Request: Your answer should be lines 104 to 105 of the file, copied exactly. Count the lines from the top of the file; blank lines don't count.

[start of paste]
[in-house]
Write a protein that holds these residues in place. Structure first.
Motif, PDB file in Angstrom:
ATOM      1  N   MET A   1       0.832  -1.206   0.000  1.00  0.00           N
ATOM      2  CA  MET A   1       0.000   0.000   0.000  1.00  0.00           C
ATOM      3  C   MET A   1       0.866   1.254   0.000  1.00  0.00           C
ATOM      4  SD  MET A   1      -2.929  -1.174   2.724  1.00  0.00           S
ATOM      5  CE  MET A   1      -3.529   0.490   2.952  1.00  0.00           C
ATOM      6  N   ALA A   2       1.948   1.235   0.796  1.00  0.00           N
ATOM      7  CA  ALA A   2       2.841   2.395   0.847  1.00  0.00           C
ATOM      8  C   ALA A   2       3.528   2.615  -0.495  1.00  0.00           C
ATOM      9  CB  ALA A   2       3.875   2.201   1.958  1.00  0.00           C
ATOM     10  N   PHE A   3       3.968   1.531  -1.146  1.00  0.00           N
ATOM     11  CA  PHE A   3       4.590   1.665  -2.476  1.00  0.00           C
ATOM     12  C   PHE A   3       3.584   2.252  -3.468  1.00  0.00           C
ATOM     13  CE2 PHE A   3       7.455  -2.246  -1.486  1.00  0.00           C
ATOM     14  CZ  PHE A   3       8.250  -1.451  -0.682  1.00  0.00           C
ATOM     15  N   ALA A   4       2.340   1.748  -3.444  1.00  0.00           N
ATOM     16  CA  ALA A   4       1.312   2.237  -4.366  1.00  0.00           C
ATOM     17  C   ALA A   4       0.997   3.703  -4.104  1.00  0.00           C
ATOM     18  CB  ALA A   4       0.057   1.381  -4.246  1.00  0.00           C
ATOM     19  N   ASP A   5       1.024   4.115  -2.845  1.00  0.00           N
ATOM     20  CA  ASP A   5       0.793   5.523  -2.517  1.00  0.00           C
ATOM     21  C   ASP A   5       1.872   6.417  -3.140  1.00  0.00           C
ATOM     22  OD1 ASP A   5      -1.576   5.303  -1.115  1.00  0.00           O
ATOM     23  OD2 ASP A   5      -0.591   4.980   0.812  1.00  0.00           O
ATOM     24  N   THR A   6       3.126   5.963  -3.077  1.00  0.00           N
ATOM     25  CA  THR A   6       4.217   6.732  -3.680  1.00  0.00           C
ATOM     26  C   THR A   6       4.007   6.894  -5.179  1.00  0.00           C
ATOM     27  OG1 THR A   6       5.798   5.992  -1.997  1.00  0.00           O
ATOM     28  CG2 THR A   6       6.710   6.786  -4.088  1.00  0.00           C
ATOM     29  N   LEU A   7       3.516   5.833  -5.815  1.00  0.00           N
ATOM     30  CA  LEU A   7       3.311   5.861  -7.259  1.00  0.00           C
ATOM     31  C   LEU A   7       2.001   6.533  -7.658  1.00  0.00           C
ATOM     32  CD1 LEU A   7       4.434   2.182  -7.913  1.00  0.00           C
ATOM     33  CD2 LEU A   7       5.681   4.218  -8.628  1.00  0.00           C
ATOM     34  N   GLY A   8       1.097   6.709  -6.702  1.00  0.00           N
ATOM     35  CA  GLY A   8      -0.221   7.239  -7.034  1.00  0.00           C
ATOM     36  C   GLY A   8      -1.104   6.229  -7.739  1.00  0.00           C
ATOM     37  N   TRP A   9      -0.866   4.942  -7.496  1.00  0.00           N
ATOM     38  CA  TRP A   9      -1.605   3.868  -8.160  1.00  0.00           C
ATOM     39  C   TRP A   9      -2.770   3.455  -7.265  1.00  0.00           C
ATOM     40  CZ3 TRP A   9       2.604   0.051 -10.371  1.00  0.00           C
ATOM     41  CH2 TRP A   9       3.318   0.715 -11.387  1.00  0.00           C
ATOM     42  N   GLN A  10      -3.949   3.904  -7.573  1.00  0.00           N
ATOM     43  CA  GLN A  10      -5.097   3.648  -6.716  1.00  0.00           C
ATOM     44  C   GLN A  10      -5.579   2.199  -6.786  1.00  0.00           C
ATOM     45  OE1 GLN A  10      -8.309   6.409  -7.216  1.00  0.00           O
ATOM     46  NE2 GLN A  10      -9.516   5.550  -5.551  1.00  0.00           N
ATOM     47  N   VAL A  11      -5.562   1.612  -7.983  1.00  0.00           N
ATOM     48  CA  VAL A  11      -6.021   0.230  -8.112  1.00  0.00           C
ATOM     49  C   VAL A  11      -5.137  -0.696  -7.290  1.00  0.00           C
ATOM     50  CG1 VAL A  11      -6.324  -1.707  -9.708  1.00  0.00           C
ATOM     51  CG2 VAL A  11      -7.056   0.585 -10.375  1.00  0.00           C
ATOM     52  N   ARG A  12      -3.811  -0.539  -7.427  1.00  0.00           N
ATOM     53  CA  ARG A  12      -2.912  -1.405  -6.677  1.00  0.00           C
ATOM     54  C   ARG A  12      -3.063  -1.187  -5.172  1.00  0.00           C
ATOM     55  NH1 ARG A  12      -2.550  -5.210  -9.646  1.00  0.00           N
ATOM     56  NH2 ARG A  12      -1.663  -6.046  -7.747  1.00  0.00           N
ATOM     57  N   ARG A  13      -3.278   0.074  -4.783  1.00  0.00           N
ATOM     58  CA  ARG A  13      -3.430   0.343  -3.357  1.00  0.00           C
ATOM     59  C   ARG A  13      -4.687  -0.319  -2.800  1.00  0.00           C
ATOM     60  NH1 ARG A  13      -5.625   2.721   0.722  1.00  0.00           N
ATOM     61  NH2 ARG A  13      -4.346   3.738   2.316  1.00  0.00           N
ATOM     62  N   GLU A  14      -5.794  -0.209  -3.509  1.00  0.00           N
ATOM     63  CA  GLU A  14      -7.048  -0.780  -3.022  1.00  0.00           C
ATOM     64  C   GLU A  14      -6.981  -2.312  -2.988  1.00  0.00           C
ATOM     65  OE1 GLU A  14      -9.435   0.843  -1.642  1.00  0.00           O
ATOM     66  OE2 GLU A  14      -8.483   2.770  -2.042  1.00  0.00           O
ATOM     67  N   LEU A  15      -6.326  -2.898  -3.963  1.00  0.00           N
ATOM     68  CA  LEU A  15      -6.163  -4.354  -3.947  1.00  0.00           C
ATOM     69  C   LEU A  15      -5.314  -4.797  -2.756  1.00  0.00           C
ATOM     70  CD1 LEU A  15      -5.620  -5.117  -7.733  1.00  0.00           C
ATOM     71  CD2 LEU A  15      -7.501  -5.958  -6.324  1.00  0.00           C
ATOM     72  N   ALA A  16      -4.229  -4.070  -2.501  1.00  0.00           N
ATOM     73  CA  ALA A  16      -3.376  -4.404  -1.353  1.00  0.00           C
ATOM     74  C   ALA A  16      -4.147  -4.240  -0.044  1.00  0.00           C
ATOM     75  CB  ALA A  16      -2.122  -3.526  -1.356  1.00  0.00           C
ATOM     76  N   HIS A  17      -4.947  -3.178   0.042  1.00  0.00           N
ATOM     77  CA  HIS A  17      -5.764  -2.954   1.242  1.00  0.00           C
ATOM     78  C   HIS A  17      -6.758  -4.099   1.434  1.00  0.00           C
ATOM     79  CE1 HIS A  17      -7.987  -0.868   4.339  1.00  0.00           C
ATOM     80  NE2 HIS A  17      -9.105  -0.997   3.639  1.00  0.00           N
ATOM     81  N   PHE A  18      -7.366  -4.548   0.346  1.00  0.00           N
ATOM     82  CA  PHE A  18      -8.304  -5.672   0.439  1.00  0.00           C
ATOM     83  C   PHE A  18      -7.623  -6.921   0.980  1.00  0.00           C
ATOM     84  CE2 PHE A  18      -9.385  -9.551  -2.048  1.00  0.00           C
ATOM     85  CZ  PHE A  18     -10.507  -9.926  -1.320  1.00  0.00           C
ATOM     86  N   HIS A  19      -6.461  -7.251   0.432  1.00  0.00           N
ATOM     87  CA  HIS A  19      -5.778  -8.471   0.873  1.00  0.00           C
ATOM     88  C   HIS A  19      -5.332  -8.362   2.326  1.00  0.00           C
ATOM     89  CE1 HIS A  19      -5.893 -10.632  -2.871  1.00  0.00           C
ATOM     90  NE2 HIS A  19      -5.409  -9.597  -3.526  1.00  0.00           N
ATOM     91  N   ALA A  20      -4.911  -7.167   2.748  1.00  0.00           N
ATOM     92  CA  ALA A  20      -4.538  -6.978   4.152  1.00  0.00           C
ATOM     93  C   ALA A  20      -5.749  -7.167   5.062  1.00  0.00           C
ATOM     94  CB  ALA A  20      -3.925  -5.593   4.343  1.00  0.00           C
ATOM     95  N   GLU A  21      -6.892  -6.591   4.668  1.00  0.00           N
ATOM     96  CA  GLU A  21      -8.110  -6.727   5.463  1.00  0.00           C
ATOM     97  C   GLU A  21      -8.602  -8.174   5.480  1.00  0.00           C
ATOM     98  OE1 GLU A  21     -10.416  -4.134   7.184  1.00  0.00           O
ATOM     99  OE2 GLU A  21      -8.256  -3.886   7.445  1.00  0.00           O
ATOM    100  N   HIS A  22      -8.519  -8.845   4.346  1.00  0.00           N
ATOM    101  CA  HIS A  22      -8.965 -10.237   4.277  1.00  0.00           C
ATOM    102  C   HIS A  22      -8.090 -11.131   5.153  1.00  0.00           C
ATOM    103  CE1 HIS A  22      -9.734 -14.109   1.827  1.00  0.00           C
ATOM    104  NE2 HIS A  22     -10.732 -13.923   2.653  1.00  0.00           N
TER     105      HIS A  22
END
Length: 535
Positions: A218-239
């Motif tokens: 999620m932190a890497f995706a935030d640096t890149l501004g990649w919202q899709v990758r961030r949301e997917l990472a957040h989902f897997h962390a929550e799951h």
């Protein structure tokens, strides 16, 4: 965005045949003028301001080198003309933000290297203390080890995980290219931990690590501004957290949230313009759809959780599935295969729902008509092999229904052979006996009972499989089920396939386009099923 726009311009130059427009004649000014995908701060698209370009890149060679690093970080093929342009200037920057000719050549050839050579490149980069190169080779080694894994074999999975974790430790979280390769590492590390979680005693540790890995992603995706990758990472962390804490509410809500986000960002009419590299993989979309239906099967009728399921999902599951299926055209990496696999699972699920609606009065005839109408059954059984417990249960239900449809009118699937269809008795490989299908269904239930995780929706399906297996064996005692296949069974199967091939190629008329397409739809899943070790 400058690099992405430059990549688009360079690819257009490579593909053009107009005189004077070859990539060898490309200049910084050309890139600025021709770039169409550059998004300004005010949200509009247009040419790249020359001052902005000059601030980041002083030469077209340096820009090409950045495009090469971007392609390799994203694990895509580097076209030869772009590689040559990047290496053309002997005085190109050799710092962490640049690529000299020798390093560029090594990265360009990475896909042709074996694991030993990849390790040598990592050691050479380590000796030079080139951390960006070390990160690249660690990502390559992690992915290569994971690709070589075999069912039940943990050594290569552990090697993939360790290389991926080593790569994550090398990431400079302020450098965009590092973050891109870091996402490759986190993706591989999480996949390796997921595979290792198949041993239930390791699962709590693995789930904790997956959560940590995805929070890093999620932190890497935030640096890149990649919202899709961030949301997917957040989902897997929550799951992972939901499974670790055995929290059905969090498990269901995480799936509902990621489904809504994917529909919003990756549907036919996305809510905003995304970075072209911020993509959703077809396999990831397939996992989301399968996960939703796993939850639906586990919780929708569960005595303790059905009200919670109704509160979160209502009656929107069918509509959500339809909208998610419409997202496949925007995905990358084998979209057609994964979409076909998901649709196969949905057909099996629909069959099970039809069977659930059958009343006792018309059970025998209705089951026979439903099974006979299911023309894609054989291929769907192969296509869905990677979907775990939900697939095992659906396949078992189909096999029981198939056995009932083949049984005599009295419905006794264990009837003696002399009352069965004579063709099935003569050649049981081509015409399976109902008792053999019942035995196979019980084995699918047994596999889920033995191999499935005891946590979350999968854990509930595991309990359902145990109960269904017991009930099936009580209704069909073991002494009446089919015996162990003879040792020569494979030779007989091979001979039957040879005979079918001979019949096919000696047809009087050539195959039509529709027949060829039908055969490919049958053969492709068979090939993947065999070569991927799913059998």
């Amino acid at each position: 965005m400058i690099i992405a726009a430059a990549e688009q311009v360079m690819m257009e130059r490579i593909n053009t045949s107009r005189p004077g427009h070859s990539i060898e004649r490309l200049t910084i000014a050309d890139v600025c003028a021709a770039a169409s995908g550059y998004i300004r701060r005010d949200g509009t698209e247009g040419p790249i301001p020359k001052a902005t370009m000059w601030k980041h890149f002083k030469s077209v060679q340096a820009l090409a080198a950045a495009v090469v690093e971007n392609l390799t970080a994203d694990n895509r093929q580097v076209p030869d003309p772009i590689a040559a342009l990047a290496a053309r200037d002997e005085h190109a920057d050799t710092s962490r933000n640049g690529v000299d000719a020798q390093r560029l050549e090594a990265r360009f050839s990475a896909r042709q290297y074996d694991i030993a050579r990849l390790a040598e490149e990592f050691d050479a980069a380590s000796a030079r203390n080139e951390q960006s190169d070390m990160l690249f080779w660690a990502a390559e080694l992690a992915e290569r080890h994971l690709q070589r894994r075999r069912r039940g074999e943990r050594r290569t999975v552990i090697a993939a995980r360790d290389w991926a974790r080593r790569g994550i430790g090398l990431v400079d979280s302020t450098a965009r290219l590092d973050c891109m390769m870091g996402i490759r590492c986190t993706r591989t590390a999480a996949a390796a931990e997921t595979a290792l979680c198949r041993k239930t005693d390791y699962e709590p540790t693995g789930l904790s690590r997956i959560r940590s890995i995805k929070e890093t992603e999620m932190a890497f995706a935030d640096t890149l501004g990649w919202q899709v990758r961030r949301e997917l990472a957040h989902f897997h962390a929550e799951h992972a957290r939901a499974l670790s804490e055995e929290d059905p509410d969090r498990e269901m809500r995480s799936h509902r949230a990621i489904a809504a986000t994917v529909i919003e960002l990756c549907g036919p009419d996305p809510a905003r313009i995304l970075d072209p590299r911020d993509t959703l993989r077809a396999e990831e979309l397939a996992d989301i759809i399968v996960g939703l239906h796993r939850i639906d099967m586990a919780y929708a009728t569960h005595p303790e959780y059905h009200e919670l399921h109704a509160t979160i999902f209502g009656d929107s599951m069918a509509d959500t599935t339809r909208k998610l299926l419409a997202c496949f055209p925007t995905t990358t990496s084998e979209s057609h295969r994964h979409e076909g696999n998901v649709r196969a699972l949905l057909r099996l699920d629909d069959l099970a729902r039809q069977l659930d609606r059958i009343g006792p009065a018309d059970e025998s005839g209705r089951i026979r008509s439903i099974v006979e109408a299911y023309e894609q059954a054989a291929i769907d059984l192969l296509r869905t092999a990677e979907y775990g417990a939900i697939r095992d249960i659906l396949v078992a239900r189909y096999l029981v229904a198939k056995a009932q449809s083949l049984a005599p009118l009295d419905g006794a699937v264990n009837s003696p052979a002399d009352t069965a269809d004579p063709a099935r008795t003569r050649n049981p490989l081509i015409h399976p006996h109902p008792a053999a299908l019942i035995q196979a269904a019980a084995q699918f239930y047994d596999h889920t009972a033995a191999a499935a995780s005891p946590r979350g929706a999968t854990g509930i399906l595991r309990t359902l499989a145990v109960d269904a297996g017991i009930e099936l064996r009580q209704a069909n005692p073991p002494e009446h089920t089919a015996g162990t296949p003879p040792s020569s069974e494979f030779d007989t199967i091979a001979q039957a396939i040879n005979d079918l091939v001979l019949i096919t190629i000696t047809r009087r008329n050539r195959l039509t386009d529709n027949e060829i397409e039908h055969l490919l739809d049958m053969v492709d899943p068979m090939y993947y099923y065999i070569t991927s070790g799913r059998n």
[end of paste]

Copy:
ATOM    101  CA  HIS A  22      -8.965 -10.237   4.277  1.00  0.00           C
ATOM    102  C   HIS A  22      -8.090 -11.131   5.153  1.00  0.00           C